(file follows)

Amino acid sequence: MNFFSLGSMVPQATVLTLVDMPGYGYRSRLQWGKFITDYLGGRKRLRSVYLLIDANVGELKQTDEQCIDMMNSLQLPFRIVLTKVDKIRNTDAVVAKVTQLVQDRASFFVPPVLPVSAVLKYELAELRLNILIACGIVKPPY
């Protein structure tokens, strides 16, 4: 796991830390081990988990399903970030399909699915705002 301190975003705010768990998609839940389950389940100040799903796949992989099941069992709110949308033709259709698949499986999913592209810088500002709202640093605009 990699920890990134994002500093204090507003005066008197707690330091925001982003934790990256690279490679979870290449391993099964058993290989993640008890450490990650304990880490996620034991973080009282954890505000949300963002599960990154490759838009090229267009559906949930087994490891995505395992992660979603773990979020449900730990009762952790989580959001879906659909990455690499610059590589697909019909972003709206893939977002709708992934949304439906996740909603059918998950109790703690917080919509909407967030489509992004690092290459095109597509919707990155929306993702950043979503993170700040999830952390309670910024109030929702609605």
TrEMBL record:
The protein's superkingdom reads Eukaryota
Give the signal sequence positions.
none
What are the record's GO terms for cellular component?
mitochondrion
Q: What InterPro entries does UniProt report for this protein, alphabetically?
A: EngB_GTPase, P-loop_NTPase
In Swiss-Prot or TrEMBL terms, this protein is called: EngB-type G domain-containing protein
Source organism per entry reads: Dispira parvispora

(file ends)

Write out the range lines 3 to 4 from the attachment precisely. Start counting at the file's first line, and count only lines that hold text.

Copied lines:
TrEMBL record:
The protein's superkingdom reads Eukaryota